Why We Need to Repair and Maximize the Efficiency of Our Existing Natural Gas System Before Looking to Expand

Shanna Cleveland

As the exuberance for “cheap, domestic” natural gas has heightened, so has pressure to build new pipelines and power plants.  Often lost in the frenzy, however, is the sobering reality that our existing natural gas infrastructure is in need of some serious care and attention.  A recent study highlighted the fact that the pipelines that deliver gas to our homes and businesses are riddled with thousands of leaks.  A large number of those leaks can be blamed on a system that still includes significant amounts of cast iron–some of which dates back to the 1830s.

Explosions in Philadelphia and Allentown, Pennsylvania in 2011 as well as a 2009 explosion in Gloucester, MA were traced to aging cast iron.  Coupled with the massive San Bruno explosion, the issue spurred the U.S. Department of Transportation to issue a “Call to Action” urging regulators and pipeline operators to accelerate the repair and replacement of high risk pipe.  Given this sense of urgency, the estimated timelines for replacement seem interminably long:

  •  81% of the remaining cast iron is buried in only 10 states:
State
Miles of
Cast/Wrought
Iron Mains (2011)
New Jersey
5,138
New York
4,541
Massachusetts
3,901
Pennsylvania
3,260
Michigan
3,153
Illinois
1,832
Connecticut
1,509
Maryland
1,422
Alabama
1,416
Missouri
1,180
  • Of these states, seven have implemented programs with deadlines for complete replacement:
  • New Jersey – 2035; New York – 2090; Pennsylvania – 2111; Michigan – 2040; Illinois – 2031; Alabama – 2040; Connecticut – 2080; Missouri – 2059.

Really? Decades to get the job done, at best?  And about a century to fully “modernize” pipes in some states? Sad, but true.

Though public safety is the primary driver behind pipe replacement and repair, whether the natural gas industry ultimately delivers on its claims for being less damaging to the climate than oil or coal depends on how well natural gas infrastructure addresses leaks.  In addition, those who are clamoring to blindly forge ahead expanding new natural gas infrastructure before we’ve fully assessed the condition of our current system would do well to remember the lessons that New England has already learned so well about the financial and environmental benefits of looking to efficiency first.  Not only is investment in new pipelines and power plants expensive, but it comes with serious and lasting environmental consequences whose costs are too often discounted or ignored.  Why not maximize opportunities for operating the existing natural gas system more efficiently first, before building (and paying for) more?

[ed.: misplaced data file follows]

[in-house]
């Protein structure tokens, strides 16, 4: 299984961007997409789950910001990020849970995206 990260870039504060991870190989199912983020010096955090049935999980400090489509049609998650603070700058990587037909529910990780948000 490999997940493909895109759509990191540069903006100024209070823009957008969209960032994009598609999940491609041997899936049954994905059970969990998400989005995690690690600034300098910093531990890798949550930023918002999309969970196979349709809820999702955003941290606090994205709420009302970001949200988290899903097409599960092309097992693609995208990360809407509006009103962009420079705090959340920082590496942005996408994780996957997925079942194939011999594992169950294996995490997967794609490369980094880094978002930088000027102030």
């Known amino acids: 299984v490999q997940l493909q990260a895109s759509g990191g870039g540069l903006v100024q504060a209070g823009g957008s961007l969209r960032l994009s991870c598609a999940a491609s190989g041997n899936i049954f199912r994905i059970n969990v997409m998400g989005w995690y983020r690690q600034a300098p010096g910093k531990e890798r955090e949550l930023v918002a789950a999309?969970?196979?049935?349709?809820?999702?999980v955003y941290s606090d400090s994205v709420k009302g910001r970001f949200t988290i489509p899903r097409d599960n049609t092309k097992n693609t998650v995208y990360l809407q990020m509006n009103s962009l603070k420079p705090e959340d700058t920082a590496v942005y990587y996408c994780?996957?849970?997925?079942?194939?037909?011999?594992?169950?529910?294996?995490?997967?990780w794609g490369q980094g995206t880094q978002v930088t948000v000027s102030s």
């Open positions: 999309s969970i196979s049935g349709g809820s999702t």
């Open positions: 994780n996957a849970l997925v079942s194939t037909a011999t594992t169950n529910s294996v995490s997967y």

Despite the fact that we know natural gas prices are predictably volatile, several states have begun to take action to lock energy customers into long-term commitments to buy natural gas-fired power, thus locking them into paying for the fuel even when the price spikes.  For example, here in Massachusetts, one legislator has championed the idea of providing 10-20 year long term contracts for a new natural gas plant.  The problem with signing a long-term contract for electricity from gas is that while customers benefit when the cost of gas is low, they suffer when the price spikes, as it inevitably does.  That’s notably different from long-term contracts for renewable energy which typically have a guaranteed, fixed price.

Proposals for new massive interstate pipelines are in the works as well.  Spectra, a Houston-based natural gas pipeline company is proposing a $500 million expansion for Massachusetts. And all the lines on the map for proposed expansions of pipeline leading from the Marcellus Shale to the Northeast rival the Griswold Family Christmas lights display.

Before we spend billions on new infrastructure chasing the next gold rush, we must repair and rebuild our existing infrastructure and examine the tried and true tool of efficiency.   A recent study on the potential for natural gas efficiency in Massachusetts showed that efficiency could reduce winter electric demand enough to support the increased use of gas on the system without building new infrastructure:

The Benefits of Energy Efficiency

From Jonathan Peress's presentation at the Restructuring Roundtable on June 15, 2012

 

But there is a risk that regulators will not fully take these very real benefits into account as they review and approve the latest energy efficiency plans.  Indeed, traditional energy efficiency naysayers are using the low price of gas as an excuse to call for reduced investment in efficiency.

The bottom line is that natural gas does have a role in our energy future, but it  is one that must be carefully managed and minimized over time if we are to have any hope of averting climate catastrophe.  In the meantime, before we jump to expand new natural gas infrastructure, we need to look closely at what we already have in the ground and apply the lessons we’ve learned about efficiency.

 

 

 

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